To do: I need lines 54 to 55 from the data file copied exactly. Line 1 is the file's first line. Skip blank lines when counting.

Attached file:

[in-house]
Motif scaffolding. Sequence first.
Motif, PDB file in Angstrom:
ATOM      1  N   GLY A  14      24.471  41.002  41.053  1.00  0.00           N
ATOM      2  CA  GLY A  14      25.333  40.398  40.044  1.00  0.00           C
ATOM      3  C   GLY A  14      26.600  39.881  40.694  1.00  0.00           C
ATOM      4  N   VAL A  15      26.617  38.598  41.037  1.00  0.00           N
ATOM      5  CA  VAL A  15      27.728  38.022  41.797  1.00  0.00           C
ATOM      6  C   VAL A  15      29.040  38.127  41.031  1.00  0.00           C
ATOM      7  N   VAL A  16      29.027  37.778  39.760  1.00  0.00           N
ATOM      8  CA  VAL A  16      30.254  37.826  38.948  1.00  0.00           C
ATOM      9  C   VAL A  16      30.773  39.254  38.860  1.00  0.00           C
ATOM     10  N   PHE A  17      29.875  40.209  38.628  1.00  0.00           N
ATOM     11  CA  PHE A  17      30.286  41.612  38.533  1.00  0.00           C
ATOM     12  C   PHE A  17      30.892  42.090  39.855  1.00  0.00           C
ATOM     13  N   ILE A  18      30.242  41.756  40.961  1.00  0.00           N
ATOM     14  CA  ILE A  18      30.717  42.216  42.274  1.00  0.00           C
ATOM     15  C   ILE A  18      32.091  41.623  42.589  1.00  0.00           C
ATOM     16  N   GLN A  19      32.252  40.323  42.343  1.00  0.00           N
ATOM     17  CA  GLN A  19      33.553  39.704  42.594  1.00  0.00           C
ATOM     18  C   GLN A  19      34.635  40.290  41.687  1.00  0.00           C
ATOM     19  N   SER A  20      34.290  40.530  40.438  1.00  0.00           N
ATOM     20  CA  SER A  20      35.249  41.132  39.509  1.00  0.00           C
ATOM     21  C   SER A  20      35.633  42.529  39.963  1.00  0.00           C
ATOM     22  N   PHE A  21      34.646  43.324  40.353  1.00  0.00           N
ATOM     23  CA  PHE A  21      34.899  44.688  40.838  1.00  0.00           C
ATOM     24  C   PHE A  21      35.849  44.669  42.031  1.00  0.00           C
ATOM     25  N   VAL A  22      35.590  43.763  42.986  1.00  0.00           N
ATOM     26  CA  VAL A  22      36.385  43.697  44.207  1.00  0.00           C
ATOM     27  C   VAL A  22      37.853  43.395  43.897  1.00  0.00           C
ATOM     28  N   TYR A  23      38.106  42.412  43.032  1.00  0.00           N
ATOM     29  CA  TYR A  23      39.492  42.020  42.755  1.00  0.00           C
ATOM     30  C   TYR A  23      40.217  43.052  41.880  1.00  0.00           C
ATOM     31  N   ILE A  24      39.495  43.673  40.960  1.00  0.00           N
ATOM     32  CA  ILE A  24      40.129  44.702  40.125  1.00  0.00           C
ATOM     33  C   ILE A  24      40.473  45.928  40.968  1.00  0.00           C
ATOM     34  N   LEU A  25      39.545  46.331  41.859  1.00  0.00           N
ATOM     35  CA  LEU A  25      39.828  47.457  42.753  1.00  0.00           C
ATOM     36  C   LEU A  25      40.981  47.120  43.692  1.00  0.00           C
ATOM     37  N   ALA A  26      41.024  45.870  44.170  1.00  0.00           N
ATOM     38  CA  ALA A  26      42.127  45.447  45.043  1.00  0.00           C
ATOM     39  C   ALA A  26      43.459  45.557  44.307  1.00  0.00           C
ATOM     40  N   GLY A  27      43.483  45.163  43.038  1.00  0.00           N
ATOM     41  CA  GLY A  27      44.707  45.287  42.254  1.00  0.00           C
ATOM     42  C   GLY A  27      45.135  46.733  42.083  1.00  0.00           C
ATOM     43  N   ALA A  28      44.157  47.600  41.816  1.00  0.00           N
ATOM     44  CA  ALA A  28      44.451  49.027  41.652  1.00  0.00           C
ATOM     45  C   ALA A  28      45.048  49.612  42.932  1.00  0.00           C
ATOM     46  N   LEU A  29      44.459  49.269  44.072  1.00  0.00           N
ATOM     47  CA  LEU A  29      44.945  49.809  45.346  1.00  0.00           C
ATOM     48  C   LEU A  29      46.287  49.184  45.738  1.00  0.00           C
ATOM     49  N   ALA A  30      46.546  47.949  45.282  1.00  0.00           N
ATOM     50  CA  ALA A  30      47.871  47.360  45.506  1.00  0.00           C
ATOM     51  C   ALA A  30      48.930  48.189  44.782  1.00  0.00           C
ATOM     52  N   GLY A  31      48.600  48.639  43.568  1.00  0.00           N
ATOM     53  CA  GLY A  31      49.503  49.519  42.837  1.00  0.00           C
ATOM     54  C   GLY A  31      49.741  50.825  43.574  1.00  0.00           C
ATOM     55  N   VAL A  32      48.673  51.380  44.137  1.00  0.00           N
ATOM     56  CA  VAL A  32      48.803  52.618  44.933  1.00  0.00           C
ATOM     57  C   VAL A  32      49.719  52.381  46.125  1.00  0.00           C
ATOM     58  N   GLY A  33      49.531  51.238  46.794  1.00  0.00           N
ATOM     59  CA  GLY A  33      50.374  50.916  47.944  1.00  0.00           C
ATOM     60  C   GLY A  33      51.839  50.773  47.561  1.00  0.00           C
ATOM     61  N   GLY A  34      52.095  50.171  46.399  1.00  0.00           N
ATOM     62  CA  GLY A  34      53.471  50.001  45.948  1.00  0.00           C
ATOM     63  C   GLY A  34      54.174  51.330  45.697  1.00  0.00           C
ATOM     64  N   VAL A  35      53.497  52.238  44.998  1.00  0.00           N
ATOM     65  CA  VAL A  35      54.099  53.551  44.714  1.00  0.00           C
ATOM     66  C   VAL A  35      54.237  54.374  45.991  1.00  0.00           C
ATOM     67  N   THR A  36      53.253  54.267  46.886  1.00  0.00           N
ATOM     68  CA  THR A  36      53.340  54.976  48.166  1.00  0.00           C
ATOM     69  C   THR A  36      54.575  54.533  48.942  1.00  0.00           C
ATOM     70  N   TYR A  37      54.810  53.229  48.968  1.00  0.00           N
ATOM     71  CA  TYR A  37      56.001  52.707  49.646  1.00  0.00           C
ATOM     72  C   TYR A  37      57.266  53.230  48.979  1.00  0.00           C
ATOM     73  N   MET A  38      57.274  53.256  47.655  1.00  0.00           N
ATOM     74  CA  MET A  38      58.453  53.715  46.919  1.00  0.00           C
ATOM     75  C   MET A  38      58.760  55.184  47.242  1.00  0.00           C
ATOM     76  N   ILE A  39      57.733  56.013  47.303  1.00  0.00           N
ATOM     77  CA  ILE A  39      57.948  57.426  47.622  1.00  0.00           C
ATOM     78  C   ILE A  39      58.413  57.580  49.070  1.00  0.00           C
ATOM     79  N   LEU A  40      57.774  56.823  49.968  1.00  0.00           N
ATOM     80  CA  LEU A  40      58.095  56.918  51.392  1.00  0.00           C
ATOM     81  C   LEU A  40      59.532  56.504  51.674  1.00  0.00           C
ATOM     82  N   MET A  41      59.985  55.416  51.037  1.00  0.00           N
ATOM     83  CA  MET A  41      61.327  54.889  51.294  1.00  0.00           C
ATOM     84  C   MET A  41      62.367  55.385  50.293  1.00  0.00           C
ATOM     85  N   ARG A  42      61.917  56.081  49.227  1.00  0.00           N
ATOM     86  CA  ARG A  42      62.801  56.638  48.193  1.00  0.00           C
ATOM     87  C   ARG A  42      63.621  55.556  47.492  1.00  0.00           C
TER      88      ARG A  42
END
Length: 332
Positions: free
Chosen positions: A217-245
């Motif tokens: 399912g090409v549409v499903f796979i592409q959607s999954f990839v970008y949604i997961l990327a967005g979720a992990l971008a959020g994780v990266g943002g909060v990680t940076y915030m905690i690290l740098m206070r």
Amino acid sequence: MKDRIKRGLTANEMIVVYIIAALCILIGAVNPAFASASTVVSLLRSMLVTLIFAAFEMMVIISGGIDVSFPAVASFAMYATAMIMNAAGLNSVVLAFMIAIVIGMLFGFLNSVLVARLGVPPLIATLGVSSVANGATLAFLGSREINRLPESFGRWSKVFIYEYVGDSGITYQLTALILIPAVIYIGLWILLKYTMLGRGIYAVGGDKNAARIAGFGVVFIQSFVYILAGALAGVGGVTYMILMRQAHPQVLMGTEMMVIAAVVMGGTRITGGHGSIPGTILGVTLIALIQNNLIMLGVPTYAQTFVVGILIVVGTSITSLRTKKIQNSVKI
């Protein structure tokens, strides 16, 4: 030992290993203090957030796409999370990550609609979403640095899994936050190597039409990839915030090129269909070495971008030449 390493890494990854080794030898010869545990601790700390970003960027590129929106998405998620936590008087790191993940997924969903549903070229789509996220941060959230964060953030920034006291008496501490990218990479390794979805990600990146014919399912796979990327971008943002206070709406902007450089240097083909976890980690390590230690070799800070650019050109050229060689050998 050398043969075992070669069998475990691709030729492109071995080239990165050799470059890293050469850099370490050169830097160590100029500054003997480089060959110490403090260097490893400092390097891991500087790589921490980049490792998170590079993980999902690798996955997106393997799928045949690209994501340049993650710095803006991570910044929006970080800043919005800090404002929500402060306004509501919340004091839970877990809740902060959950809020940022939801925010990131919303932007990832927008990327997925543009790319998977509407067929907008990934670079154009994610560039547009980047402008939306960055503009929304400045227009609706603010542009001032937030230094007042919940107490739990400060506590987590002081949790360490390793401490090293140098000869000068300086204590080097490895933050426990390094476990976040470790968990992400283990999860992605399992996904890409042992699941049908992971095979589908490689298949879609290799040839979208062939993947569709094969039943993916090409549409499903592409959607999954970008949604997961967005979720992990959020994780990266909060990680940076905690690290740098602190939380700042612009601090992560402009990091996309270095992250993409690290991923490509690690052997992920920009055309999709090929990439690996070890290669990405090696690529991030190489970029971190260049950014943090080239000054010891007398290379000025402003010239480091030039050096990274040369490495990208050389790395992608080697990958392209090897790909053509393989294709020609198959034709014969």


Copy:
ATOM     51  C   ALA A  30      48.930  48.189  44.782  1.00  0.00           C
ATOM     52  N   GLY A  31      48.600  48.639  43.568  1.00  0.00           N